„Spendin‘ money is kind of fun!“
Adventure Time boasts such an immersive, fully realized world that it can routinely take an element that has been established for a long time and spin a story around it. The fact that Finn and Jake have been hoarding money beneath their tree house has always been used as a neat joke to show that our protagonists go on adventures for the heck of it – in season six, Adventure Time finally sets out to explore what money really means to the duo.
Finn and Jake just own too much treasure, so they decide to go and spend it. NEPTR recommends Wildberry Kingdom – „a really expensive vacation destination.“ Sounds exciting, right?
Spoilers from here onwards.
The vice that money is usually associated with is greed. Adventure Time chooses to go down a different path, since neither of the two protagonists is characterized as greedy – they have simply accumulated much wealth because they don’t actually use it. In fact, their treasure stash represents the fun they have had up to that point – rewards for valiant deeds, treasures from slain dragons and saved princesses, you name it. The money has never been the point, but instead more of a symbol for their adventurous times. In „Furniture and Meat„, Finn and Jake finally realize that money might be more than that – and it’s great to see them so indifferent about the loss of all their money at the end of the episode.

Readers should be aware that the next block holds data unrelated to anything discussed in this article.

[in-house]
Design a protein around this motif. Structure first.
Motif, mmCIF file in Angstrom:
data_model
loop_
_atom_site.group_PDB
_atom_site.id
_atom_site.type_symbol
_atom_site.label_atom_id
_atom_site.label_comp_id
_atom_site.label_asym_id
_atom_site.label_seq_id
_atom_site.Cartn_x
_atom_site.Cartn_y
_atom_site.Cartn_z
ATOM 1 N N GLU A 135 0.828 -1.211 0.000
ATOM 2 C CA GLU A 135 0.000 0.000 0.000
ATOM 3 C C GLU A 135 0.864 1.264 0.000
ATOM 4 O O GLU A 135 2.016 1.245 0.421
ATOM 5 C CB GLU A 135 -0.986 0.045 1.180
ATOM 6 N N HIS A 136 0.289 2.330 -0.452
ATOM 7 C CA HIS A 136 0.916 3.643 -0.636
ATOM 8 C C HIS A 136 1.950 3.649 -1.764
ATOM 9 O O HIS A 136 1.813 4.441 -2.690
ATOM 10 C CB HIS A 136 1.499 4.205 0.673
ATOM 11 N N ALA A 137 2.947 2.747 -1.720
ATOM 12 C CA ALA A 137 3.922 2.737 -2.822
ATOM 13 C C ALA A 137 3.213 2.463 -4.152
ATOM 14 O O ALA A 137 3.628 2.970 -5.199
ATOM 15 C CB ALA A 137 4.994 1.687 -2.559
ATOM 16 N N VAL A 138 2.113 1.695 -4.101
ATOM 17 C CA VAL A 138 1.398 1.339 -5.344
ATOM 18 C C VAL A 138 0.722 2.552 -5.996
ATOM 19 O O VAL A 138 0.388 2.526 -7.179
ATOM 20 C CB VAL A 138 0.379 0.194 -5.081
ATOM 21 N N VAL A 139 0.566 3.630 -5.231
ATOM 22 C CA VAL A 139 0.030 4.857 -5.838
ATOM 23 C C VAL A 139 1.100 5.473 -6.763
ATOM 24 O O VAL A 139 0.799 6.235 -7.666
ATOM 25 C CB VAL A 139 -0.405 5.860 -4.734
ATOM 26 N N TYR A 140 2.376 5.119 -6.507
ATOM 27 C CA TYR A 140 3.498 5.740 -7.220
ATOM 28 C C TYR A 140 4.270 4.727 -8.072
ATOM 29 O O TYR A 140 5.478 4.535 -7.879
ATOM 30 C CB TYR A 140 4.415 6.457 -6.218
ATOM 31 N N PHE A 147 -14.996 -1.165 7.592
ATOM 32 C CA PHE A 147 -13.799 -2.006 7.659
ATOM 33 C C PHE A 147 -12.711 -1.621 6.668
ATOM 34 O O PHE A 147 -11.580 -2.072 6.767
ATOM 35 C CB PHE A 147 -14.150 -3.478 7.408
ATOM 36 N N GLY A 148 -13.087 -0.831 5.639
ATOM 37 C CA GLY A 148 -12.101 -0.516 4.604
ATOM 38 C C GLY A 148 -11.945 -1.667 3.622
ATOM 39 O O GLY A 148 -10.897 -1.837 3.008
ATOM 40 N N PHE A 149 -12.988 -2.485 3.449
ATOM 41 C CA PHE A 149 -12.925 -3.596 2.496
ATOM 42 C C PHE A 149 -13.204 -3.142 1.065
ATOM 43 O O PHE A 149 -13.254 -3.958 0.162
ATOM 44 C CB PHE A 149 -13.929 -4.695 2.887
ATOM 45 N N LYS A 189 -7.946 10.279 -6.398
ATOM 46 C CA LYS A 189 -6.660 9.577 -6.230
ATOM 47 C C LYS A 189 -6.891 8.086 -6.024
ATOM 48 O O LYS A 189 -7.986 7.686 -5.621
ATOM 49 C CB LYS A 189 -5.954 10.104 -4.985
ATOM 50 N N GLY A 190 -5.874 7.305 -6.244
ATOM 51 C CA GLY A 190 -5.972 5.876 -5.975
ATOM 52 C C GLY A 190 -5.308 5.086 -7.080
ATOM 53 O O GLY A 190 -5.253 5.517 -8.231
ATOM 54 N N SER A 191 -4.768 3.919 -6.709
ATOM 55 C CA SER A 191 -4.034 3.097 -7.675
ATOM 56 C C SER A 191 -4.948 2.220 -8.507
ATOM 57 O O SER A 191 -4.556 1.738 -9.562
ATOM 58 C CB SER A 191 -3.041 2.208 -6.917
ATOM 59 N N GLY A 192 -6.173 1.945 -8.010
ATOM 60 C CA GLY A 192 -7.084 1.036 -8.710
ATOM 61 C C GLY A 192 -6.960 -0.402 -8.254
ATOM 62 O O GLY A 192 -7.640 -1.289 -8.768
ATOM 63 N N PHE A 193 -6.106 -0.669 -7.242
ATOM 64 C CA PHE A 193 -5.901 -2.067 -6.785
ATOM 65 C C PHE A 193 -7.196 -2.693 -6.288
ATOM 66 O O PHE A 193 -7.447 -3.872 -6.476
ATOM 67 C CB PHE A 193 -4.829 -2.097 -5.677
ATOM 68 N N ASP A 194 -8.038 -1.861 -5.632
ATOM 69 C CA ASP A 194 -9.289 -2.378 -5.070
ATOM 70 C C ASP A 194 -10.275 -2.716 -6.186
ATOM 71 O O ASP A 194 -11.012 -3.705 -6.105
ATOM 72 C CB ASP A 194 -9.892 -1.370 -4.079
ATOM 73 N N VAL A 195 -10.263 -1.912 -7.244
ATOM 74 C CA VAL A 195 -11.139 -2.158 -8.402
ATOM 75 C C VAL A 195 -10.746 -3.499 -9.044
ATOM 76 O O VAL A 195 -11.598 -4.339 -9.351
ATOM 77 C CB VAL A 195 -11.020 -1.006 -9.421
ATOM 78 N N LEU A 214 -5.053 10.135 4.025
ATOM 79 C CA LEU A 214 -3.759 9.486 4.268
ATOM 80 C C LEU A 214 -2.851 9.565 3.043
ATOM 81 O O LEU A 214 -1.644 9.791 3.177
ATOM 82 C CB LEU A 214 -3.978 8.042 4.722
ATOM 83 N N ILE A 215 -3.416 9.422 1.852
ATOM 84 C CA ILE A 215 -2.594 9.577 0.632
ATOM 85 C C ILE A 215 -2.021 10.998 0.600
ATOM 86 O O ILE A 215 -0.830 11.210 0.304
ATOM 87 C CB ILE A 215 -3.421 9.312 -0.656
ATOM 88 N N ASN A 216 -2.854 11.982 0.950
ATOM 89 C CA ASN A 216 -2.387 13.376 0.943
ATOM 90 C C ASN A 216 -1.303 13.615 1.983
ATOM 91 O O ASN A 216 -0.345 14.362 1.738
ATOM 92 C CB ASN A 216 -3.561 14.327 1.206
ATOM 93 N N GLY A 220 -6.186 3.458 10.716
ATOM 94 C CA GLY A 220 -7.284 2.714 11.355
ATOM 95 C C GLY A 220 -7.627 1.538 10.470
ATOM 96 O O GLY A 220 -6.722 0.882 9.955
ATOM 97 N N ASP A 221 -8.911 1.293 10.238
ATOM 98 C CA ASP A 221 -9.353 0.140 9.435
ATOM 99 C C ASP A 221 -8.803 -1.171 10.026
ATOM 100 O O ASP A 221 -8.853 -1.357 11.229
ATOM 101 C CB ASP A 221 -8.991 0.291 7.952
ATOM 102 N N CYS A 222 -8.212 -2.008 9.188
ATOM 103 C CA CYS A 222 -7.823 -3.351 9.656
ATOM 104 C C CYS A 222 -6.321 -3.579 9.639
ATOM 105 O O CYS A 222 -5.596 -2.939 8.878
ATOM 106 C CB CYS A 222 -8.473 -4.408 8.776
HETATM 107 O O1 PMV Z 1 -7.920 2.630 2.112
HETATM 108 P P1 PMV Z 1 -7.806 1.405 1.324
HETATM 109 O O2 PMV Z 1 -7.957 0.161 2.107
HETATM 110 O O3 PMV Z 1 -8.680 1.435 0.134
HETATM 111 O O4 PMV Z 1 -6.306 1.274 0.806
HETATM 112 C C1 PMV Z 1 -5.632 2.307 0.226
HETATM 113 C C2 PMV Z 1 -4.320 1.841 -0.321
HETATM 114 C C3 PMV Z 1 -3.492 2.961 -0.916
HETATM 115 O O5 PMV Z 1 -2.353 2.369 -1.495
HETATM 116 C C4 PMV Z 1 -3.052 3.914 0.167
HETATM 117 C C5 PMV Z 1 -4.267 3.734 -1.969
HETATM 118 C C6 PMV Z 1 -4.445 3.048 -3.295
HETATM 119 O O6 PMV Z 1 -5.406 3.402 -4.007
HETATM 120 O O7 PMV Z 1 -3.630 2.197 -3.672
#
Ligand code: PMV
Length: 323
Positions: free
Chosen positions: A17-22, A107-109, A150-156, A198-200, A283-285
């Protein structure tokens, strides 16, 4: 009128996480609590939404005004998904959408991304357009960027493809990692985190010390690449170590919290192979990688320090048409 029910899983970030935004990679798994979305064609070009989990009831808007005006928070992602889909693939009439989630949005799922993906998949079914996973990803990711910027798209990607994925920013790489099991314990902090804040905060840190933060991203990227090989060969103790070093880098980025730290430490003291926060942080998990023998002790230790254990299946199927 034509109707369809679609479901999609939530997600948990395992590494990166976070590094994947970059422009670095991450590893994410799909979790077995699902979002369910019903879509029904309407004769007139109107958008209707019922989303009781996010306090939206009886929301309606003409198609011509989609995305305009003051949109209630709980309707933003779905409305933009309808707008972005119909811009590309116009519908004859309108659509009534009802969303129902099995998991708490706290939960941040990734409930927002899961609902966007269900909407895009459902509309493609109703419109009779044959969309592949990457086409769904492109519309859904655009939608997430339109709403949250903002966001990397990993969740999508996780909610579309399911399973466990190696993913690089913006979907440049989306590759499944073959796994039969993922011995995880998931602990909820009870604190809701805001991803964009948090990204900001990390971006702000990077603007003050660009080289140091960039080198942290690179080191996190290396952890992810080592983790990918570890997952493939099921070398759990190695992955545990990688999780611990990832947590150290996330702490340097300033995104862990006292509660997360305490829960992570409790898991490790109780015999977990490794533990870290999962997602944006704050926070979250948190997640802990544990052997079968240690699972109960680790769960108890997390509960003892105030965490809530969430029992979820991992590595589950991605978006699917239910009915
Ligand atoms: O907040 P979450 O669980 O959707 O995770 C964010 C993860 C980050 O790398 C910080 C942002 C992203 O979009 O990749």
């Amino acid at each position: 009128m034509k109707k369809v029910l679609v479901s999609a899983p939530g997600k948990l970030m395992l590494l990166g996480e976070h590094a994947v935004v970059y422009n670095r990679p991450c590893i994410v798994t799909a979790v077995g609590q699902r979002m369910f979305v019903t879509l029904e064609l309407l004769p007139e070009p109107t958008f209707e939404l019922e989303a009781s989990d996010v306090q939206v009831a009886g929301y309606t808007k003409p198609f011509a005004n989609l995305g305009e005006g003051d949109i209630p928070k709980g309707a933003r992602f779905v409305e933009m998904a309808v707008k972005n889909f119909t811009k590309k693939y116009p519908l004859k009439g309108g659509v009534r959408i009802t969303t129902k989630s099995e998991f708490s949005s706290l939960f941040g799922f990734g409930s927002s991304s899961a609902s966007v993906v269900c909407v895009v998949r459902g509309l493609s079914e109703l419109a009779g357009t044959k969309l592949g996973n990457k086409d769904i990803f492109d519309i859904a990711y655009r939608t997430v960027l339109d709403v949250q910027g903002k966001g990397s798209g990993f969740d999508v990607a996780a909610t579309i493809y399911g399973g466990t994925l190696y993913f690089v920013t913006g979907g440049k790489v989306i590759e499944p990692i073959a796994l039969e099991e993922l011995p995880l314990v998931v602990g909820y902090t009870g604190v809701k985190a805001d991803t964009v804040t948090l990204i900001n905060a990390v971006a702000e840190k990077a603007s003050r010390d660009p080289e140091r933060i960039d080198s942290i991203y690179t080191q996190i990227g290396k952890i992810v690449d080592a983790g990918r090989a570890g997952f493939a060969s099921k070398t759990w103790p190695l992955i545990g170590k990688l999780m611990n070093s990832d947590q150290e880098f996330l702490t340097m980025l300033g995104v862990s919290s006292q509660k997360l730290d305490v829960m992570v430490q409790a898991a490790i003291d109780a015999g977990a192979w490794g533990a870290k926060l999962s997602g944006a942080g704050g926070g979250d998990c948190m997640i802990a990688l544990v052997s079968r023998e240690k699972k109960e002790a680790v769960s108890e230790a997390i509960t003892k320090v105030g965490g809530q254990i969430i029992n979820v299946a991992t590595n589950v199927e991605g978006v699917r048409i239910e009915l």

Instead of greed, power is at the heart of „Furniture and Meat„. Money creates power imbalances, a kind of power imbalance that sneaks up on you. Jake is not generally a sadist – it’s just that when he tries to share his happiness (=money), he fails to see that his exertion of power makes people unhappy instead. Jake sees them willingly make a tradeoff, when in fact it makes people do things that are unhealthy for them – things that physically harm their bodies (eating money), that humiliate them (Jake throwing money at the dancer reminded me of Game of Thrones‚ Joffrey – which is not exactly a flattering comparison), or that invade their privacy.